Statutory Maternity Pay: An Employers Guide

8 January 2024 | Blog

When an employee informs you they are pregnant, it’s important you make sure you fully understand the latest legislation on statutory maternity pay and leave. This is an exciting time for your employee. It’s also a time when financial planning becomes more critical than ever. To support your staff during this exciting time, it’s important you provide complete transparency regarding entitlement to

In this blog, we will look into the intricacies of statutory maternity pay in the UK, including eligibility criteria, and payment rates.

Statutory Maternity Pay Rates

The rate of SMP in the UK depends on your employees average weekly earnings and when they take maternity leave:

  1. For the first six weeks, your employee will receive 90% of their average weekly earnings before tax.
  2. For the remaining 33 weeks (if they choose to take the full 39 weeks), they will either receive £172.48 per week or 90% of average weekly earnings, whichever is lower.

It’s essential to keep in mind that SMP is subject to income tax and National Insurance contributions. In addition, the actual amount they receive may be slightly lower.

SMP can be paid for up to 39 weeks, but how long your employee decides to take it is entirely up to them. They can start receiving Statutory Maternity Pay up to 11 weeks before their due date, or they can choose to begin it on the day after the baby is born.

New Rates From April 2024

From April 2024, SMP will increase from £172.48 to £184.03 per week for the remaining 33 weeks (or 90% of your average weekly earning, whichever rate is lower).


To be eligible for SMP in the UK, you must meet certain criteria:

  1. Earn on average at least £123 a week
  2. Your employee must notify you at least 15 weeks before their due date, informing you of their pregnancy, due date, and when they intend to start maternity leave.
  3. Continuous Employment: Your employee should have continuous service with the company for at least 26 weeks by the end of the 15th week before their expected week of childbirth (EWC).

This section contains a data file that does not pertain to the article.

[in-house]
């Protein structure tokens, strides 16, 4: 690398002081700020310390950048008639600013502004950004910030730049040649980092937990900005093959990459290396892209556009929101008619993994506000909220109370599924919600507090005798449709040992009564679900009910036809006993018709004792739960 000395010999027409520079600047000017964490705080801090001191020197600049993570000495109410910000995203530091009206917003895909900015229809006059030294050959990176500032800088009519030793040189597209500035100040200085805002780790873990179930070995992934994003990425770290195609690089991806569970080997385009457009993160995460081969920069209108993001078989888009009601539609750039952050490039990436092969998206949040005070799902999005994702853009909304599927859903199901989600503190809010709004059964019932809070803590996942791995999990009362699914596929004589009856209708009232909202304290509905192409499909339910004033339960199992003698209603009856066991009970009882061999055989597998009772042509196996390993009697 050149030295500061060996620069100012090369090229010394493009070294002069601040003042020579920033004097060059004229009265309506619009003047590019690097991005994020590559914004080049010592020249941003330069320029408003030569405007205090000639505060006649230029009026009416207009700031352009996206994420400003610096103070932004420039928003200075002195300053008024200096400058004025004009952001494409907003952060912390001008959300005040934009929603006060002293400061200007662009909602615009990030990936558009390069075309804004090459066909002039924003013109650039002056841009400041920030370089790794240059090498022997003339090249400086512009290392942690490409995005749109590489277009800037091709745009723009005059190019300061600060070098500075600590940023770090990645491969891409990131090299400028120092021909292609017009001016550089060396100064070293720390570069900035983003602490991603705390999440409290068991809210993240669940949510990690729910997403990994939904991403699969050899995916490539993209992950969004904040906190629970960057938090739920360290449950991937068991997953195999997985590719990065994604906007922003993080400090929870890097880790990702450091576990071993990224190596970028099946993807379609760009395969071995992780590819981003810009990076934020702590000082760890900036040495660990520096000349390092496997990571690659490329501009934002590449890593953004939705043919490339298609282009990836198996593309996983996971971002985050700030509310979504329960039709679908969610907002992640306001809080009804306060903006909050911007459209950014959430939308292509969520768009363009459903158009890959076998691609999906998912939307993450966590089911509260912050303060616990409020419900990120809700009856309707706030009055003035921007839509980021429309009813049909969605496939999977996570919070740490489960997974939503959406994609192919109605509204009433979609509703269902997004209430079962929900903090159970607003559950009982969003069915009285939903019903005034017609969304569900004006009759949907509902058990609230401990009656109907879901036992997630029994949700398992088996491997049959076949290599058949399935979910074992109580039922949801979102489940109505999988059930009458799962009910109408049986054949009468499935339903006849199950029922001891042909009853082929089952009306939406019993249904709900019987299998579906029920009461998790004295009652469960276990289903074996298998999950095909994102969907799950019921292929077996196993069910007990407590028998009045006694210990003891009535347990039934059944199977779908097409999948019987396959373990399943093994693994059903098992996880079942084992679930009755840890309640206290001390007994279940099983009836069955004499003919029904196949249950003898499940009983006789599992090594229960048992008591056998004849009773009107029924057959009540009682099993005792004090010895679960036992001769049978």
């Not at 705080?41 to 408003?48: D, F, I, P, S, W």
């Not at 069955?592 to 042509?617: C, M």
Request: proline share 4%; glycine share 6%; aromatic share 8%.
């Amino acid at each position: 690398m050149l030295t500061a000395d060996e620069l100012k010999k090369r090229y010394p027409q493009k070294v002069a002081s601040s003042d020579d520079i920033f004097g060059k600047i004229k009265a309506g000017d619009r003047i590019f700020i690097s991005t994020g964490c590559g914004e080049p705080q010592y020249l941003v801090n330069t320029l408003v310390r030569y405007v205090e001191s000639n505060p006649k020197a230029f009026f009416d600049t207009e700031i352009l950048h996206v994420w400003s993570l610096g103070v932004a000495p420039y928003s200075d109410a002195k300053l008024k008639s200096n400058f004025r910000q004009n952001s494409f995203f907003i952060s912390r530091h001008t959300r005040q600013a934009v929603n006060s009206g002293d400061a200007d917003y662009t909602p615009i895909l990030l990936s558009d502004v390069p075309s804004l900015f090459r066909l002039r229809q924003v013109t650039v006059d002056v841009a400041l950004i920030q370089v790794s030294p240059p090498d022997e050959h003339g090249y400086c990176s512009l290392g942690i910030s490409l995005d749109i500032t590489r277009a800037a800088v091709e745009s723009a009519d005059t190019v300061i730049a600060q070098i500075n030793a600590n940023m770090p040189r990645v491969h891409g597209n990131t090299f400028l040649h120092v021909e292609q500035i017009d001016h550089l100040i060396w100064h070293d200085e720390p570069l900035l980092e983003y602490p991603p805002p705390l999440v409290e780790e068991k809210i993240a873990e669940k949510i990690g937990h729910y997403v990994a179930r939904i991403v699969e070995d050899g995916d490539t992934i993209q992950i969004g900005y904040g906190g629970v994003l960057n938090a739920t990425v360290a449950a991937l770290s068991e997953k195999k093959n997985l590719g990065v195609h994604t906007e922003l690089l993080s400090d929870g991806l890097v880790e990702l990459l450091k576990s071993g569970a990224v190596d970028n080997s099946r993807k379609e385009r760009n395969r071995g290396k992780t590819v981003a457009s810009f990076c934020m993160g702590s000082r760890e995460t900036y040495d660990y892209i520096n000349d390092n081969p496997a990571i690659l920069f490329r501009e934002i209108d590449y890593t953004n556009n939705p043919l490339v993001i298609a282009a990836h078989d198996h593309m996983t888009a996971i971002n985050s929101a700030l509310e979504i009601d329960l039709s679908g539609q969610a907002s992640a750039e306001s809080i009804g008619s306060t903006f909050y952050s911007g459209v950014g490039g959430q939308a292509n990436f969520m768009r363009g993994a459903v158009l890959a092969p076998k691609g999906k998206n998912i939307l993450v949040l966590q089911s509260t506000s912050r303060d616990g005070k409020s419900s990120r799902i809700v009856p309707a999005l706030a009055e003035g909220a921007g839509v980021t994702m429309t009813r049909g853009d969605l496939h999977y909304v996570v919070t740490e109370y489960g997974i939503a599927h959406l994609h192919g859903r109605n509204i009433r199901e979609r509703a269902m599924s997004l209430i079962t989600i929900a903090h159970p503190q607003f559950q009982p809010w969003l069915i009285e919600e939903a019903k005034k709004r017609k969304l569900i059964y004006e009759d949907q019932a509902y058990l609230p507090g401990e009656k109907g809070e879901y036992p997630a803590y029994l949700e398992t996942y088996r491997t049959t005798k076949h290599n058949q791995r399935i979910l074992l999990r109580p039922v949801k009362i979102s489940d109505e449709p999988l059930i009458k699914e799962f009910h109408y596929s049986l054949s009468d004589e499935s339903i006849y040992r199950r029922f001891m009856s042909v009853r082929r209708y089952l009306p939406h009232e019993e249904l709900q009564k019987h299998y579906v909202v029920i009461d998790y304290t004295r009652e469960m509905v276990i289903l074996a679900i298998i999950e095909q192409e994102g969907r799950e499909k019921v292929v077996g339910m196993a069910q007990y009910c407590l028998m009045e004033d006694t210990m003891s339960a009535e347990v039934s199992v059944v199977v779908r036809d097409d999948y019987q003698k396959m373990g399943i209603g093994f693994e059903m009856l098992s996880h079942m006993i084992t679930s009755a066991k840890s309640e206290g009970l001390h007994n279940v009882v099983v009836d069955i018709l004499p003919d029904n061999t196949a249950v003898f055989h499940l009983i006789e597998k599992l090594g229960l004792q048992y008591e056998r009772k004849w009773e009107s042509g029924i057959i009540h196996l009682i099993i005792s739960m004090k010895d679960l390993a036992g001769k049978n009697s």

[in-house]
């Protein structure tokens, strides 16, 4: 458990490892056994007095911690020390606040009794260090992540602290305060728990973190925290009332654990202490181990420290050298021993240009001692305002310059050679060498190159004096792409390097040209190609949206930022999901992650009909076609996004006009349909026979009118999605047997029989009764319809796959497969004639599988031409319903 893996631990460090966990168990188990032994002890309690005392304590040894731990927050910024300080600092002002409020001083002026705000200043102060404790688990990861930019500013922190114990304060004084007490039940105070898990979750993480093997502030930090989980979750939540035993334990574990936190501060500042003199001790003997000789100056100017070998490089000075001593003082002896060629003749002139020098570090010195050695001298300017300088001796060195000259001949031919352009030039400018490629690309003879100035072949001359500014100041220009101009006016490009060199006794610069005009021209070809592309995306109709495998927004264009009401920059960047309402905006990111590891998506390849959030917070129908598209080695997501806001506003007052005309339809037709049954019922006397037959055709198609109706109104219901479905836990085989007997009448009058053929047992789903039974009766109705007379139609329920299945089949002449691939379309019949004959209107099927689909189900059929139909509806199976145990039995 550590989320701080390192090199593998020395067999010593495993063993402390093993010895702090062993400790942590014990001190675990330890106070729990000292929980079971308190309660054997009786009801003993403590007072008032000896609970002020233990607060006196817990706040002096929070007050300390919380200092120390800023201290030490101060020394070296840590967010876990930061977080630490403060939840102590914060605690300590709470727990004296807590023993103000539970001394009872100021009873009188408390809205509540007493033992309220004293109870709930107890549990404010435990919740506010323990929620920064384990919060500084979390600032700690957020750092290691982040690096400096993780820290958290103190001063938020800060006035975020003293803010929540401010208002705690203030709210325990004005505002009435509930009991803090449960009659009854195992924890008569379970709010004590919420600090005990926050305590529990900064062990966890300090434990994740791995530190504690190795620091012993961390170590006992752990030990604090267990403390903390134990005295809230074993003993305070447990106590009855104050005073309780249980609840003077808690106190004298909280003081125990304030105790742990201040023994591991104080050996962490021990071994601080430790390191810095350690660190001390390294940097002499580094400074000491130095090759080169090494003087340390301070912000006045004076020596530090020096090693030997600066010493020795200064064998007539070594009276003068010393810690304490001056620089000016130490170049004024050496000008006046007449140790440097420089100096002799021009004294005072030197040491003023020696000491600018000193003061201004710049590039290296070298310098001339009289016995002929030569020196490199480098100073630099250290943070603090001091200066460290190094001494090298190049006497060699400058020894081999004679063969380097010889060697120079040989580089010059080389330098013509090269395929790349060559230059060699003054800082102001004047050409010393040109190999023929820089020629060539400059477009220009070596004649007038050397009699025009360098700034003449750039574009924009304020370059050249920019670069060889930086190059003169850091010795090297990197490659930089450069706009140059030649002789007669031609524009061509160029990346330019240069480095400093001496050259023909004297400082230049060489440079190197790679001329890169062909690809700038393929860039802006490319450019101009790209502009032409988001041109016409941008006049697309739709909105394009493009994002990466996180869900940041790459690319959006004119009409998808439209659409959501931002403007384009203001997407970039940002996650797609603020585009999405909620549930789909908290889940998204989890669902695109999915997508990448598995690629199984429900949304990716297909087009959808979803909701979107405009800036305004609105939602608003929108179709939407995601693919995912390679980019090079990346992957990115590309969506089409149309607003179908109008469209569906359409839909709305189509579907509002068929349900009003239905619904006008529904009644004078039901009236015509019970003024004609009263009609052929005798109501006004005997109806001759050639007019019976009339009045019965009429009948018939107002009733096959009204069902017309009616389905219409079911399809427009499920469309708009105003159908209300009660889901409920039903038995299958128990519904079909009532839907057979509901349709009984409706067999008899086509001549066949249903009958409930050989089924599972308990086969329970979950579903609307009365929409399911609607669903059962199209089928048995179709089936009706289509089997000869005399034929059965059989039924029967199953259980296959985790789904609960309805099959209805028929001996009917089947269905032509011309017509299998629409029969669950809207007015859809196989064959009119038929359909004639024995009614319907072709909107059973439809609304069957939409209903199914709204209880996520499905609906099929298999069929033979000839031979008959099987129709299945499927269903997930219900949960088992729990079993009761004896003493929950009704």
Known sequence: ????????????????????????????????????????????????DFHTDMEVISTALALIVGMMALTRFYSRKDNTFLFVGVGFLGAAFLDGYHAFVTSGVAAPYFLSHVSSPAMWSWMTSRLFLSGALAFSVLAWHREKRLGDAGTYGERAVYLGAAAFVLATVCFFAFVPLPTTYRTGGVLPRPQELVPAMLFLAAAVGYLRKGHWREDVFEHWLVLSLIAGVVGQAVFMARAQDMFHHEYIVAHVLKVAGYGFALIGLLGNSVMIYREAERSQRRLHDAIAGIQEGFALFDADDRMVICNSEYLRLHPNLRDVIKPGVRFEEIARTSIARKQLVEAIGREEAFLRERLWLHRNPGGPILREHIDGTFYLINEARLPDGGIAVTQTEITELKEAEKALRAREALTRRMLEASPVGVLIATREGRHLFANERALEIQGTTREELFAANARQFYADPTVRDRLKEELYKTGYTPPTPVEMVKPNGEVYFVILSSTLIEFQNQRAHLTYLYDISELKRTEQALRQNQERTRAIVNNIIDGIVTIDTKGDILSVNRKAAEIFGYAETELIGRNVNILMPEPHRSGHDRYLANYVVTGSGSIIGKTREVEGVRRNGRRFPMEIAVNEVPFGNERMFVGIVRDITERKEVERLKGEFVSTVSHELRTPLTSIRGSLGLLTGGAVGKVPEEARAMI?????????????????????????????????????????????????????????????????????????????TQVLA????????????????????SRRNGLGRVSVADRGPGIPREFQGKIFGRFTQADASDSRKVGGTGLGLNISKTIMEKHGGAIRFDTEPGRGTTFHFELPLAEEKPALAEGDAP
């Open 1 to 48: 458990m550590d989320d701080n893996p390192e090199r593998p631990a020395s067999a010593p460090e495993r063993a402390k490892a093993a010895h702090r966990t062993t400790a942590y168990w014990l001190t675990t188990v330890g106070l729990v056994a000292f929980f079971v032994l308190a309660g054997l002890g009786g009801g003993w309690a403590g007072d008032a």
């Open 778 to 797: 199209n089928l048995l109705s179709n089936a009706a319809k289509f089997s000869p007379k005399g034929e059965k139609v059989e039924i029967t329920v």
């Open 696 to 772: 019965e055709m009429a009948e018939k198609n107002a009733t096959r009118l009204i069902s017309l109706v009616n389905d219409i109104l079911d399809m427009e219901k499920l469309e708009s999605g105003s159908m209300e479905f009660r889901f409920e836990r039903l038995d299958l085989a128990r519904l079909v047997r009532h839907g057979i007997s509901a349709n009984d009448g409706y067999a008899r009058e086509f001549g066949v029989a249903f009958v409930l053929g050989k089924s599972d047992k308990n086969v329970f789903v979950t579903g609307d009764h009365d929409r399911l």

4. Proof of Pregnancy: They must also provide you with a MATB1 certificate. This is provided by your employees midwife or GP and confirms their pregnancy.

Enhanced Maternity Pay

Enhanced maternity pay is a supplementary financial benefit offered by some employers to pregnant employees on maternity leave. Unlike statutory maternity pay, which is the minimum legal requirement mandated by the government, enhanced maternity pay is an additional package that goes beyond the statutory obligations. Employers who provide enhanced maternity pay typically offer a higher level of financial support during the maternity leave period. This makes it easier for new parents to manage their living expenses.

Employers who offer enhanced maternity pay understand that this is not just a legally mandated obligation. it’s an opportunity to support their employees during a significant life transition.

The decision to provide enhanced maternity pay reflects an organisation’s dedication to retaining and attracting top talent. It recognises that employees who are confident in their financial security during maternity leave are more likely to return to work with enthusiasm and loyalty. By offering this benefit, employers send a clear message that they value their employees’ personal and professional lives. This also contributes to a positive workplace culture that fosters loyalty, productivity, and a healthy work-life balance.


Statutory Maternity Pay is a valuable support system that provides financial assistance to parents during their maternity leave. Eligibility criteria and payment rates are relatively straightforward, making it easier for new mothers to access the support they need. It’s essential for expectant mothers to plan their maternity leave and notify their employers in a timely manner. This ensures they receive the maximum benefits available to them.

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If you would like any support or advice on statutory maternity pay, contact us now. We recently wrote a blog on pregnant employee rights in the workplace. 

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